When Congress passed the Dodd-Frank Wall Street Reform and Consumer Protection Act, both the auto dealer and insurance industries were at the table to be sure they were carved out from the jurisdiction of the now powerful Consumer Financial Protection Bureau, better known as the CFPB. As is frequently the case, however, legislative exemptions are usually not wholesale in nature, and later interpretations of law can whittle them back from their ostensibly intended purposes. This may indeed be the fate for some insurance and insurance-like products sold to consumers who purchase and finance such products in connection with the purchase or lease of an automobile.
Auto dealers have a broad exemption from the CFPB’s purview but with a limited cut-back. Specifically, the CFPB “...may not exercise any rulemaking, supervisory, enforcement or any other authority, including any authority to order assessments, over a motor vehicle dealer that is predominantly engaged in the sale and servicing of motor vehicles, the leasing and servicing of motor vehicles, or both. This exemption does not apply to an auto dealer to the extent it (1) provides services related to residential or commercial mortgage loans, (2) engages in a “line of business” involving the extension of retail credit for purchasing or leasing autos in which the financing agreement is not regularly sold to an unaffiliated lender, a consumer financial product or (3) renders a service not involving the “sale, financing, leasing, rental, repair, refurbishment, maintenance or other servicing of motor vehicle.”
Also excluded from the CFPB’s jurisdiction are the “business of insurance,” which means the writing of insurance or reinsuring of risks by an insurer and a “person regulated by a state insurance regulator.” This means any person engaged in the business of insurance and subject to regulation by any state insurance regulator but only to the extent that such person acts in such capacity.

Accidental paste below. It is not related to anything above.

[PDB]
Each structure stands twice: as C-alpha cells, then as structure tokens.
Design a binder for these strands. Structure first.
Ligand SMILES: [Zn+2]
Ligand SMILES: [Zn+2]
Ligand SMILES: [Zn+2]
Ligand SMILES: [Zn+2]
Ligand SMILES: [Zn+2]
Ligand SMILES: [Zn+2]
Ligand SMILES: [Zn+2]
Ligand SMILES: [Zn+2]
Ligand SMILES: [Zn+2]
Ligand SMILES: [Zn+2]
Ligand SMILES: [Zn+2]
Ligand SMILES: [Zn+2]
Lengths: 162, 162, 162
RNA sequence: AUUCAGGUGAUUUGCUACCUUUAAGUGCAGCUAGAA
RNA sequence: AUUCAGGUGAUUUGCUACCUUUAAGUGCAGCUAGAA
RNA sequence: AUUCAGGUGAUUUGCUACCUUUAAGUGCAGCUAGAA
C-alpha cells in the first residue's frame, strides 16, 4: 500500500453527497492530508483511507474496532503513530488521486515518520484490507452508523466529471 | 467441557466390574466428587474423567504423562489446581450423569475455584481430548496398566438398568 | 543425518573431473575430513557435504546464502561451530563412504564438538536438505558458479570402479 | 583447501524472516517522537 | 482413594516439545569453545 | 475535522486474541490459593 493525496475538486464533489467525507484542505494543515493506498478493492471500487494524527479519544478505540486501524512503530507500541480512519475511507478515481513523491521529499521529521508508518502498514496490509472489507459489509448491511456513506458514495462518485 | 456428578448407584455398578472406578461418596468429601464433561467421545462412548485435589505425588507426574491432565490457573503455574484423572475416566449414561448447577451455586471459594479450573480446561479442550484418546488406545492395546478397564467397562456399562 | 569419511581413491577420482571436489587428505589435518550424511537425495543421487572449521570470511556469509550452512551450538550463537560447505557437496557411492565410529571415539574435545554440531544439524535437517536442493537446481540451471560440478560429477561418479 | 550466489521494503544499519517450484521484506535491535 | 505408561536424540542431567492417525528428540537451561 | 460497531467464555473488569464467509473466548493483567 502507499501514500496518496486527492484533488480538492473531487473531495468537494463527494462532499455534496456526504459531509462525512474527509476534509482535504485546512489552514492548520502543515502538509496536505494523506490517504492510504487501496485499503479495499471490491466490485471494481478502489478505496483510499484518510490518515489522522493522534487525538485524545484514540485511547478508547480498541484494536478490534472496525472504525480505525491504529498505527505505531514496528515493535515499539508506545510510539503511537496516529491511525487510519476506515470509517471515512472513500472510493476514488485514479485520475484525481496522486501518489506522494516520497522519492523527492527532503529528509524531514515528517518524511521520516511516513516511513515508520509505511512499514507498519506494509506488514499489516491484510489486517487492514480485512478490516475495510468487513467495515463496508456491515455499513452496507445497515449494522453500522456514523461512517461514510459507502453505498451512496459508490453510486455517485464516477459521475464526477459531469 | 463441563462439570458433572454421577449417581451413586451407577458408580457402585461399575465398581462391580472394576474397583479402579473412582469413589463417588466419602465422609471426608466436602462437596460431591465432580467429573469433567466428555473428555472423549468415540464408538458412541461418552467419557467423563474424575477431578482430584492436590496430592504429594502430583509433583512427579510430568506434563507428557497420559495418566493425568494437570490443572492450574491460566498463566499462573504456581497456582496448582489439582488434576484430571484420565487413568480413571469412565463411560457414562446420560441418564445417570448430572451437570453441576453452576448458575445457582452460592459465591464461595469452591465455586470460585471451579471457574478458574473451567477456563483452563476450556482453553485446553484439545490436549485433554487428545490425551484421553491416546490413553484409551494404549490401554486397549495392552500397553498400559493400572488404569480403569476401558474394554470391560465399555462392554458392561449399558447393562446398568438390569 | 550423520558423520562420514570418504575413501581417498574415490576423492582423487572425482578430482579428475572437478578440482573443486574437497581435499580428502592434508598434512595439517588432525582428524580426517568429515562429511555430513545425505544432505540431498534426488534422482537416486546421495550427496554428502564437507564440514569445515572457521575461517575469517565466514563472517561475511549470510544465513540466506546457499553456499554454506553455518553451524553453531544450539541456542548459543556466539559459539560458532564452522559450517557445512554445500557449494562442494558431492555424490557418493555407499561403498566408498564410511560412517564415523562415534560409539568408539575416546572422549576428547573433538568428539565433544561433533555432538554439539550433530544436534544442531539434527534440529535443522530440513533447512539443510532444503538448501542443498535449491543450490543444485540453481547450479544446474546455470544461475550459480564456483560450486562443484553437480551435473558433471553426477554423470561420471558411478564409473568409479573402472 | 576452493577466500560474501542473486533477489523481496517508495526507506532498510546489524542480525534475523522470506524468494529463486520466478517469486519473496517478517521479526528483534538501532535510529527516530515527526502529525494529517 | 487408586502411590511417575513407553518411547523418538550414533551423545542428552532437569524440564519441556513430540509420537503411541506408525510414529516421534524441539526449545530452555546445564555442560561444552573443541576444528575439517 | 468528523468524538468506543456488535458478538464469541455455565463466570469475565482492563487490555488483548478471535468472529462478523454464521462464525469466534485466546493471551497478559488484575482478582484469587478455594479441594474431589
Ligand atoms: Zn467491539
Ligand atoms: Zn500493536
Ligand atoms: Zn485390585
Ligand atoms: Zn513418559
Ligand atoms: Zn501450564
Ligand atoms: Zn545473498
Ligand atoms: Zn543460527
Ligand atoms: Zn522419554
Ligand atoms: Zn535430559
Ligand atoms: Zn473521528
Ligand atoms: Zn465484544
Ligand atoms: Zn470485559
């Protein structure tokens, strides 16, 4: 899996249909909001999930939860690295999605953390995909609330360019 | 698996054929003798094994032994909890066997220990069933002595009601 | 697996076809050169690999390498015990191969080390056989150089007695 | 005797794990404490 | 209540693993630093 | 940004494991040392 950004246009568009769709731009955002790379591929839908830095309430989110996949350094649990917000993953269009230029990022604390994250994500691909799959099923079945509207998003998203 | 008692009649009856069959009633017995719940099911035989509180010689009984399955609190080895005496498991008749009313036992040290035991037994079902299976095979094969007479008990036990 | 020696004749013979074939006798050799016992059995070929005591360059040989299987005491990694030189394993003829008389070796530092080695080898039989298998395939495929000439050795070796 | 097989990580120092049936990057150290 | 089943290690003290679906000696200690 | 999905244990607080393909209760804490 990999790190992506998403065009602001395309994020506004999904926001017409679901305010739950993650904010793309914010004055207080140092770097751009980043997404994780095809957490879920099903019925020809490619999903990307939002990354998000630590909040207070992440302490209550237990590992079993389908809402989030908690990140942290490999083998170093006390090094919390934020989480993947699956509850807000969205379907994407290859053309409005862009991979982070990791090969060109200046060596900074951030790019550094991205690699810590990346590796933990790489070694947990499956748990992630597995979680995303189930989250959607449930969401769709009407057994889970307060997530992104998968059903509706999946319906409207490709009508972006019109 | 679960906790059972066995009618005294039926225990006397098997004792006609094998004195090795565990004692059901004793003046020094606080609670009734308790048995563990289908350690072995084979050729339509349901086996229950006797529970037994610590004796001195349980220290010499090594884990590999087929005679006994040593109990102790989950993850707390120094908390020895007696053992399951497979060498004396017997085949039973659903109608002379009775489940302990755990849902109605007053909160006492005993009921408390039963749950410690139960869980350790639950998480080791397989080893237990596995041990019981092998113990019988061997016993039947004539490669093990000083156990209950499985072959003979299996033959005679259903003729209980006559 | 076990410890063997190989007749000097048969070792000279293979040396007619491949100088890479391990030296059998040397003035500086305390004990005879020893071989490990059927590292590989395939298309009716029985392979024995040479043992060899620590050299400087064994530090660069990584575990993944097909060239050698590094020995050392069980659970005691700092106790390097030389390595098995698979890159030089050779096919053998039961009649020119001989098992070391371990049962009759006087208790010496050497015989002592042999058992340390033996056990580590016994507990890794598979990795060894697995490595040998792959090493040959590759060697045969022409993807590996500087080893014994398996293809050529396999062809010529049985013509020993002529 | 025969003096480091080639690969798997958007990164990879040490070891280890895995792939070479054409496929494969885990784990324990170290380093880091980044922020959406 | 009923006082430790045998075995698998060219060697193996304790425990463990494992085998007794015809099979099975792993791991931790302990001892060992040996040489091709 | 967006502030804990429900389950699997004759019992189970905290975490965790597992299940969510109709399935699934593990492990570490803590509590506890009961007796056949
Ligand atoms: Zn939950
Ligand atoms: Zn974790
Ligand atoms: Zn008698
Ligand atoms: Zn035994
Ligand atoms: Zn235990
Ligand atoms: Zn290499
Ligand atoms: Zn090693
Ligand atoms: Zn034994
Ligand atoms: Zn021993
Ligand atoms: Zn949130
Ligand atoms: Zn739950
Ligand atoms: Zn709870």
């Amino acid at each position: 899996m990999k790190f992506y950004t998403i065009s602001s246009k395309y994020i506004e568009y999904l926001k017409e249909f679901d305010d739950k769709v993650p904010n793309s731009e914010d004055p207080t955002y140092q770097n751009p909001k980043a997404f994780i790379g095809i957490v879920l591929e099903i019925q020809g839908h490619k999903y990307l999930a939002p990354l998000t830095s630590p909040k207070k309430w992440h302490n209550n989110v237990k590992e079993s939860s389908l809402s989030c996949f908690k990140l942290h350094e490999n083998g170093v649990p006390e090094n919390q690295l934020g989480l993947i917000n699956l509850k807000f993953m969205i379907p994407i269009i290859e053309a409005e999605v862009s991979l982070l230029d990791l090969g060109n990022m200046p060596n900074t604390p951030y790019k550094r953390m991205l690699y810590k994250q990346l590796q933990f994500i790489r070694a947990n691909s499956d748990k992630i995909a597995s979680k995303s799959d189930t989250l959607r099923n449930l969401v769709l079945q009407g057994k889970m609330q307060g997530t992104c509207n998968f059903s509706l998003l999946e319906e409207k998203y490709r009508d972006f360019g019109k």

Before delving deeper into the question of the limits of these two exemptions, let’s take a step back and ask whether they are relevant to auto F&I products, specifically GAP waivers, vehicle service contracts and so called “ancillary products,” because, if these types of products are none of the consumer financial products or services over which the CFPB has oversight, then perhaps that ends the inquiry. The CFPB has authority over ten types of consumer financial products or services:
- Extending credit
- Extending leases with purchase financing functional equivalency
- Real estate settlement services
- Receiving deposits and transmitting funds
- Issuing stored-value payment instruments
- Check cashing services
- Certain payment and financial data processing services
- Financial advisory services not regulated by the Securities Exchange Commission
- Certain activities of consumer reporting agencies
- Consumer debt collection